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13  structures 89  species 0  interactions 182  sequences 9  architectures

Family: XRCC1_N (PF01834)

Summary: XRCC1 N terminal domain

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This is the Wikipedia entry entitled "XRCC1". More...

XRCC1 Edit Wikipedia article

X-ray repair complementing defective repair in Chinese hamster cells 1

PDB rendering based on 1cdz.
Available structures
PDB Ortholog search: PDBe, RCSB
Identifiers
Symbols XRCC1; RCC
External IDs OMIM194360 MGI99137 HomoloGene31368 GeneCards: XRCC1 Gene
RNA expression pattern
PBB GE XRCC1 203655 at tn.png
More reference expression data
Orthologs
Species Human Mouse
Entrez 7515 22594
Ensembl ENSG00000073050 ENSMUSG00000051768
UniProt P18887 Q60596
RefSeq (mRNA) NM_006297 NM_009532
RefSeq (protein) NP_006288 NP_033558
Location (UCSC) Chr 19:
44.05 – 44.08 Mb
Chr 7:
24.55 – 24.57 Mb
PubMed search [1] [2]

DNA repair protein XRCC1 also known as X-ray repair cross-complementing protein 1 is a protein that in humans is encoded by the XRCC1 gene. XRCC1 is involved in DNA repair where it complexes with DNA ligase III.

Function[edit]

DNA-repair protein Xrcc1 functions in the repair of single-strand DNA breaks in mammalian cells and forms a repair complex with beta-Pol, ligase III and PARP.[1]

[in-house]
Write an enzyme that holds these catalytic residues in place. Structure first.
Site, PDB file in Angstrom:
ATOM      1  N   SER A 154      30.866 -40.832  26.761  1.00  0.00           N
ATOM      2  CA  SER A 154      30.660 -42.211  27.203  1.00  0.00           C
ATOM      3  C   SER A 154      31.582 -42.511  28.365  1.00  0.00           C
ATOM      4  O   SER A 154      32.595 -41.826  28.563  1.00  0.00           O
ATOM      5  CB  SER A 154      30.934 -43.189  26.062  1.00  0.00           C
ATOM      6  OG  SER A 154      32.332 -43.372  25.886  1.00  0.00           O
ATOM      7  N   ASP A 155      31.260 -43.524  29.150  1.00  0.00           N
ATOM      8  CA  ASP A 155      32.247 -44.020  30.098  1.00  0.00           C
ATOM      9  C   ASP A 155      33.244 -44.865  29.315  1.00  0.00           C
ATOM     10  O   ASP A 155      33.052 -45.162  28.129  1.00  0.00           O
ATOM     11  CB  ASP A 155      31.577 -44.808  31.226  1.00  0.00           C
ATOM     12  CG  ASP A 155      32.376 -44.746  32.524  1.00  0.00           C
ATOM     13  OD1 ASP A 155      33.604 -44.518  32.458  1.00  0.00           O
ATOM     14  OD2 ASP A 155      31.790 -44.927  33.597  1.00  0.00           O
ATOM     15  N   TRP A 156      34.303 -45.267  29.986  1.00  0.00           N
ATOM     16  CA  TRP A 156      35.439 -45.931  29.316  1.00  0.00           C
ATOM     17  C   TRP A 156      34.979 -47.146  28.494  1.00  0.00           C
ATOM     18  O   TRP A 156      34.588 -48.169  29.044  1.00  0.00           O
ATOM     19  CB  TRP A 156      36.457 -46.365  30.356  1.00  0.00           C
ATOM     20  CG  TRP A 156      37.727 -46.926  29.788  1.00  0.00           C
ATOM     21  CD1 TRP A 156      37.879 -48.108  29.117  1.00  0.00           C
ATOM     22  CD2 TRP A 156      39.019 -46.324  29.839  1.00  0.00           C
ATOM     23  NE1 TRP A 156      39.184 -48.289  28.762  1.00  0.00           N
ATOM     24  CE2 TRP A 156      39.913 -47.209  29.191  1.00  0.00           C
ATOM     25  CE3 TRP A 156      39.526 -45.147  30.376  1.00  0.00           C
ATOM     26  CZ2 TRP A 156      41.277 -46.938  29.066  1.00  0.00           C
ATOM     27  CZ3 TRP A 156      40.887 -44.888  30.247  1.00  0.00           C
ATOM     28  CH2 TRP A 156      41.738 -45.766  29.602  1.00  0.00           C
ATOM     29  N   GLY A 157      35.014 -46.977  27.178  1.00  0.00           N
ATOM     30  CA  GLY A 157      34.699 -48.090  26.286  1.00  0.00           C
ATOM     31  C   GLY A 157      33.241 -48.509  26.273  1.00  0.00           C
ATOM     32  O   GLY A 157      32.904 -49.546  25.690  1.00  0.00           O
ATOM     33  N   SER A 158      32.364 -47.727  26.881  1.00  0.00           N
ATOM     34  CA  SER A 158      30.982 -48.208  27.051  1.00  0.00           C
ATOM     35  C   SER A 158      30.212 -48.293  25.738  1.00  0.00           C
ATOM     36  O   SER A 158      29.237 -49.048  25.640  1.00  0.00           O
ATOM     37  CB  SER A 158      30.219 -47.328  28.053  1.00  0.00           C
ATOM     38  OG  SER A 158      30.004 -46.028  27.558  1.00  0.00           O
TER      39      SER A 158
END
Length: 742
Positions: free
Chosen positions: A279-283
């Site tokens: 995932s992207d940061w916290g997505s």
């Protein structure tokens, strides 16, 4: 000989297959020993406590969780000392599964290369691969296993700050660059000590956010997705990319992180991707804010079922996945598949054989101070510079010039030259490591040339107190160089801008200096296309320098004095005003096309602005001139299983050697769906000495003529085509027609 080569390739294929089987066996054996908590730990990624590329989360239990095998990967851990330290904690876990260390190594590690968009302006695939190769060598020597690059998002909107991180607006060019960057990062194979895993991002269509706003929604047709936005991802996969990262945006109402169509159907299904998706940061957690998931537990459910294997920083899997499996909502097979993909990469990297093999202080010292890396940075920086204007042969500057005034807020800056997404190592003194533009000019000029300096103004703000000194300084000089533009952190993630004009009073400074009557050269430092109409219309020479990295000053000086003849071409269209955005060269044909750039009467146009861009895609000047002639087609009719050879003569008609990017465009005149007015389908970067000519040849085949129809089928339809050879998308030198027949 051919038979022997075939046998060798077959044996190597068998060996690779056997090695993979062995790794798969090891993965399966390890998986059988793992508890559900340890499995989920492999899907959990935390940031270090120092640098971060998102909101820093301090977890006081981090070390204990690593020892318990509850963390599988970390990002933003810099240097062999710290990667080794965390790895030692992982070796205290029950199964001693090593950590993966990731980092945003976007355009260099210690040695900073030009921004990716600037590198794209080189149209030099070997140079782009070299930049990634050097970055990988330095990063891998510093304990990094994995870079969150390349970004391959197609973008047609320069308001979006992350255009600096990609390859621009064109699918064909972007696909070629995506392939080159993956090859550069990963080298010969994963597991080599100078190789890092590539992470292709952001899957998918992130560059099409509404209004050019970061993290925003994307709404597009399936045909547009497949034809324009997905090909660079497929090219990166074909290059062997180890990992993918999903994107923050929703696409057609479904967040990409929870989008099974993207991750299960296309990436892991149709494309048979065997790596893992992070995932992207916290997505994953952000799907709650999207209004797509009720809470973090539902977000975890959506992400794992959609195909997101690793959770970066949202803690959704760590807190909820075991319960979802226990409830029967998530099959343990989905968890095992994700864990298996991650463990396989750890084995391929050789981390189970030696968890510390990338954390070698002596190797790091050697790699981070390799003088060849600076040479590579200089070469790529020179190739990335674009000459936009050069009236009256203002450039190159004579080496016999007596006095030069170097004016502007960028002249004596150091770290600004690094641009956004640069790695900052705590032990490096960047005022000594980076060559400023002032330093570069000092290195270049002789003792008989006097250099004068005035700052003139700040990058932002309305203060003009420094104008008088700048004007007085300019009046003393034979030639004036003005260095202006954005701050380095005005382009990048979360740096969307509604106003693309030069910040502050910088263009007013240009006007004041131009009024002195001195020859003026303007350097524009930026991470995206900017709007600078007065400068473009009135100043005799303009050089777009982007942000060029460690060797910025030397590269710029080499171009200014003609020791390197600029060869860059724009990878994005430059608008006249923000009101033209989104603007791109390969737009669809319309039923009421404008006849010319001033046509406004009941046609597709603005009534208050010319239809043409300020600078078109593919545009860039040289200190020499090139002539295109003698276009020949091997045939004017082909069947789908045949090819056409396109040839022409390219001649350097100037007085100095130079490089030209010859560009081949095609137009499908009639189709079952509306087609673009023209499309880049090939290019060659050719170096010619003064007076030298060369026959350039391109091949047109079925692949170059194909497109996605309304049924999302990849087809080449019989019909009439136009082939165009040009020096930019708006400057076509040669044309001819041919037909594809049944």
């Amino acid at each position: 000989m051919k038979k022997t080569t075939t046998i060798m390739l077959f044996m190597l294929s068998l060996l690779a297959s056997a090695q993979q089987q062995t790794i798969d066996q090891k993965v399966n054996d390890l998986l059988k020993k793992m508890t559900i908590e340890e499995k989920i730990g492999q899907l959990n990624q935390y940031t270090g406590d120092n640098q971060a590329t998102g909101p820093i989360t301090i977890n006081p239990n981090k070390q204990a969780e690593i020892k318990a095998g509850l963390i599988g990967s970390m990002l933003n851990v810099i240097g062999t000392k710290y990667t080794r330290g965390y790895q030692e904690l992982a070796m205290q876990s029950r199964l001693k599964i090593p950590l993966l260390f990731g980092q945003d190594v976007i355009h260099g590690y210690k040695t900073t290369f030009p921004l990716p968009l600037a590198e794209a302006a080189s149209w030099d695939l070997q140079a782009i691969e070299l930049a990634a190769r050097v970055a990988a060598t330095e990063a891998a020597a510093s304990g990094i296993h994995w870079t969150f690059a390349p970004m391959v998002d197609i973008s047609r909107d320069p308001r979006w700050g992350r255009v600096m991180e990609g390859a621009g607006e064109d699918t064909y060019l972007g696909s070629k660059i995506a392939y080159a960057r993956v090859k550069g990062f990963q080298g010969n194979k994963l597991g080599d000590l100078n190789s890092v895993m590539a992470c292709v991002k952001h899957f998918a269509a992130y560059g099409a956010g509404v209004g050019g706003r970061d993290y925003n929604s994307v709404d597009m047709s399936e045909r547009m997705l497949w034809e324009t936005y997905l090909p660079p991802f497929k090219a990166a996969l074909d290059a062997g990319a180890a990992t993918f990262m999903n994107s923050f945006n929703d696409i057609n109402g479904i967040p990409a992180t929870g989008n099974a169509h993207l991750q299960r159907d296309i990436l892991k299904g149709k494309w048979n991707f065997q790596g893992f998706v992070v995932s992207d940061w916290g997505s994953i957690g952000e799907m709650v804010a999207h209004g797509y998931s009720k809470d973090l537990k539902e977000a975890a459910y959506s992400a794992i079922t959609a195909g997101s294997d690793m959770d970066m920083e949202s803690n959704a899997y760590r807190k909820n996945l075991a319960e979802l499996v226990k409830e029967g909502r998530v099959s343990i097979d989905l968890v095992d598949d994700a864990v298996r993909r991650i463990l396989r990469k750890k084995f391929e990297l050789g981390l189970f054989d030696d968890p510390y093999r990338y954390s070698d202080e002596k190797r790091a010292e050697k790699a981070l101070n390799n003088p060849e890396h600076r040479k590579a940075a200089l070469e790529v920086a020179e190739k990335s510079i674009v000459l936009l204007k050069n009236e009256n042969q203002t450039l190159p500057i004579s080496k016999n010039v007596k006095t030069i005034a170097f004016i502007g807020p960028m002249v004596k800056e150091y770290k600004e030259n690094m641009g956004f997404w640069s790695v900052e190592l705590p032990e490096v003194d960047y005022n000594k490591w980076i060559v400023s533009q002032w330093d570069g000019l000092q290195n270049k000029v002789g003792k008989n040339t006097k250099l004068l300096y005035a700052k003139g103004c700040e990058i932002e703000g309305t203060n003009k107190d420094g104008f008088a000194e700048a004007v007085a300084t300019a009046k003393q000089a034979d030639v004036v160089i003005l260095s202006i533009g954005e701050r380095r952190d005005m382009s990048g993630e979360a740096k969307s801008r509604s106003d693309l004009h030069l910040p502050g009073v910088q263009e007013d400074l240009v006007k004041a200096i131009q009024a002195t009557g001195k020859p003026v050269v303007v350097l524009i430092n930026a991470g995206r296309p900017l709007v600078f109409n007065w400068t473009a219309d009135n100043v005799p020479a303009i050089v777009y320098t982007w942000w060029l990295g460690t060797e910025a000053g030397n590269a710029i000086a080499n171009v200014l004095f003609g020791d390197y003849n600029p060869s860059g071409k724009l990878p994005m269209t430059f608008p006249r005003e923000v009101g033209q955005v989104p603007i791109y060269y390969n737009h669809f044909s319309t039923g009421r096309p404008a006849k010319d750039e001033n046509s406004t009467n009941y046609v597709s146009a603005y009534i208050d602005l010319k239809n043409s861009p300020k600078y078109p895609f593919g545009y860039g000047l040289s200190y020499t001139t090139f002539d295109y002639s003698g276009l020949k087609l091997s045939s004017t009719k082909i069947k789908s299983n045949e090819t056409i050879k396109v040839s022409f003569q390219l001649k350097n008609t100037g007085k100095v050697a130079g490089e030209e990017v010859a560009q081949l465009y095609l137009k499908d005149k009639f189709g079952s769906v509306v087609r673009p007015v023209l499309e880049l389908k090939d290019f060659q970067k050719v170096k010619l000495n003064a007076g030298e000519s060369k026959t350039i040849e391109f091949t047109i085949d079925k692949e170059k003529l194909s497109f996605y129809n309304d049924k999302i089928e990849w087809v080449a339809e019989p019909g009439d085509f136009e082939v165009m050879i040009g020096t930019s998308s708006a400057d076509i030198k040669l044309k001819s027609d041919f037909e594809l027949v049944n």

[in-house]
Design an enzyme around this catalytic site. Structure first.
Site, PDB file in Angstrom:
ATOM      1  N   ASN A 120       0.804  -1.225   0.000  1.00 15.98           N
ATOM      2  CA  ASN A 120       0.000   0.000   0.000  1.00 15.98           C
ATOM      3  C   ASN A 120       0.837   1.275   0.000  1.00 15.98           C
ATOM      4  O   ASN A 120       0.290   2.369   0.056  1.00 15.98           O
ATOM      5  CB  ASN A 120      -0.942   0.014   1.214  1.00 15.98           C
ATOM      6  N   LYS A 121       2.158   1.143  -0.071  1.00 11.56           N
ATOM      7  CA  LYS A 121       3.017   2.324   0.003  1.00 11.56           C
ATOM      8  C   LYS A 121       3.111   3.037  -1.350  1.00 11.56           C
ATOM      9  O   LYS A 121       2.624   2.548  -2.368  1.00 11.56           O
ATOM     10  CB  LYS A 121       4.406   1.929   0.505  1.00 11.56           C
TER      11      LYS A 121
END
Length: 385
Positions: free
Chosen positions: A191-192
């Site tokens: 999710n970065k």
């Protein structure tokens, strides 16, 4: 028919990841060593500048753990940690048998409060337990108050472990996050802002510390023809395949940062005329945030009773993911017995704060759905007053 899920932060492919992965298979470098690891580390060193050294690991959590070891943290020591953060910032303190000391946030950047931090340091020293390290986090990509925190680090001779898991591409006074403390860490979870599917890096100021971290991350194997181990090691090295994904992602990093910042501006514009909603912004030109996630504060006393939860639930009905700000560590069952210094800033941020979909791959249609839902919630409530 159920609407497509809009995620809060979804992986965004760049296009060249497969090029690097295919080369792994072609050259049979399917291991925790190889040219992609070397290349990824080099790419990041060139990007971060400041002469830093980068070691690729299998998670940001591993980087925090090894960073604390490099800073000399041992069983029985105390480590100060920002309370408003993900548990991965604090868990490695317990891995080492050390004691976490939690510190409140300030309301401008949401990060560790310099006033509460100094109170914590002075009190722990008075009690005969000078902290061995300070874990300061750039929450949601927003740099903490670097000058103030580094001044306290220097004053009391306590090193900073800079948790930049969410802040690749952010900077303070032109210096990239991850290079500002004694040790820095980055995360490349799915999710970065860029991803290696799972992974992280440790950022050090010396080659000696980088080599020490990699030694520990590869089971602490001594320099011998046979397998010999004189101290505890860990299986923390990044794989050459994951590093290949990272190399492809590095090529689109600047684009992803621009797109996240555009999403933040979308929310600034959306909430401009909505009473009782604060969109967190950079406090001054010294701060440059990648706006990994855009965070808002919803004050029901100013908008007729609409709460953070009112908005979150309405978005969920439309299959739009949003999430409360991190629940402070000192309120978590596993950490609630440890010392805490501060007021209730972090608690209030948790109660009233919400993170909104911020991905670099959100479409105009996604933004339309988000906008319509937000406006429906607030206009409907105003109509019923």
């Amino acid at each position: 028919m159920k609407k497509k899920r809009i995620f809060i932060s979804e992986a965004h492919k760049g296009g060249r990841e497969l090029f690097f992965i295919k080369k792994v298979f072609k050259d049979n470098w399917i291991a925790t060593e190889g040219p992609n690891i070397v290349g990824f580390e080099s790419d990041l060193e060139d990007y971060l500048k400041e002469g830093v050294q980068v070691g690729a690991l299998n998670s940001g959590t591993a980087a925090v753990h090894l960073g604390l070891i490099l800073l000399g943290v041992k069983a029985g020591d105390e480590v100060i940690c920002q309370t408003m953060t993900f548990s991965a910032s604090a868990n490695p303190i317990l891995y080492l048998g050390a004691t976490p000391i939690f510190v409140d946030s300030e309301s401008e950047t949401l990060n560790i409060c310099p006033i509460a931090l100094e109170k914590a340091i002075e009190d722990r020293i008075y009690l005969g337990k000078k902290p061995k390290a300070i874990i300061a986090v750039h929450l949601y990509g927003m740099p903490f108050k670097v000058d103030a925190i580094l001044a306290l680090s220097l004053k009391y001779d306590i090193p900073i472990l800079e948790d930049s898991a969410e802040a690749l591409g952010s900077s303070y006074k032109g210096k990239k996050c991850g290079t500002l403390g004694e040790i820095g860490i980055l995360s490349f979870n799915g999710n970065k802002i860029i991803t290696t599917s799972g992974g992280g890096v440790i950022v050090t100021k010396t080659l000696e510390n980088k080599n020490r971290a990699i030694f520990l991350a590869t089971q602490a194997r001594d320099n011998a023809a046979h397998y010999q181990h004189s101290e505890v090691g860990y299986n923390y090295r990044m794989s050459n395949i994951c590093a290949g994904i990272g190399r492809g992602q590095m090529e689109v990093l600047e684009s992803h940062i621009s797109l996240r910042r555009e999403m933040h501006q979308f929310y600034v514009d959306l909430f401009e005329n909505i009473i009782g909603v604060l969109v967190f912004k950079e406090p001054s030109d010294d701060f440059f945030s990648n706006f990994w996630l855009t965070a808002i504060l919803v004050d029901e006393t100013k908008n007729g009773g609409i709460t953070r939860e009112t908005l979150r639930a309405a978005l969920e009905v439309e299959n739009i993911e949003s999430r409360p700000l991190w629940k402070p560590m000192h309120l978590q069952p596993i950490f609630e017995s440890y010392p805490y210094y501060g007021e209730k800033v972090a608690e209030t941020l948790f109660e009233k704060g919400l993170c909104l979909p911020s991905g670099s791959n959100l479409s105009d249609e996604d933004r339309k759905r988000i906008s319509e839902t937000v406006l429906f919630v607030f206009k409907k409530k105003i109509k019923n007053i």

XRCC1 is involved in the efficient repair of DNA single-strand breaks formed by exposure to ionizing radiation and alkylating agents. This protein interacts with DNA ligase III, polymerase beta and poly (ADP-ribose) polymerase to participate in the base excision repair pathway. It may play a role in DNA processing during meiogenesis and recombination in germ cells. A rare microsatellite polymorphism in this gene is associated with cancer in patients of varying radiosensitivity.[2]

Structure[edit]

XRCC1_N
PDB 1xna EBI.jpg
nmr solution structure of the single-strand break repair protein xrcc1-n-terminal domain
Identifiers
Symbol XRCC1_N
Pfam PF01834
Pfam clan CL0202
InterPro IPR002706
SCOP 1xnt
SUPERFAMILY 1xnt

The NMR solution structure of the Xrcc1 N-terminal domain (Xrcc1 NTD) shows that the structural core is a beta-sandwich with beta-strands connected by loops, three helices and two short two-stranded beta-sheets at each connection side. The Xrcc1 NTD specifically binds single-strand break DNA (gapped and nicked) and a gapped DNA-beta-Pol complex.[3]

Interactions[edit]

XRCC1 has been shown to interact with:


References[edit]

  1. ^ Rice PA (September 1999). "Holding damaged DNA together". Nat. Struct. Biol. 6 (9): 805–6. doi:10.1038/12257. PMID 10467087. 
  2. ^ "Entrez Gene: XRCC1 X-ray repair complementing defective repair in Chinese hamster cells 1". 
  3. ^ Marintchev A, Mullen MA, Maciejewski MW, Pan B, Gryk MR, Mullen GP (September 1999). "Solution structure of the single-strand break repair protein XRCC1 N-terminal domain". Nat. Struct. Biol. 6 (9): 884–93. doi:10.1038/12347. PMID 10467102. 
  4. ^ Vidal AE, Boiteux S, Hickson I D, Radicella J P (November 2001). "XRCC1 coordinates the initial and late stages of DNA abasic site repair through protein-protein interactions". EMBO J. 20 (22): 6530–9. doi:10.1093/emboj/20.22.6530. PMC 125722. PMID 11707423.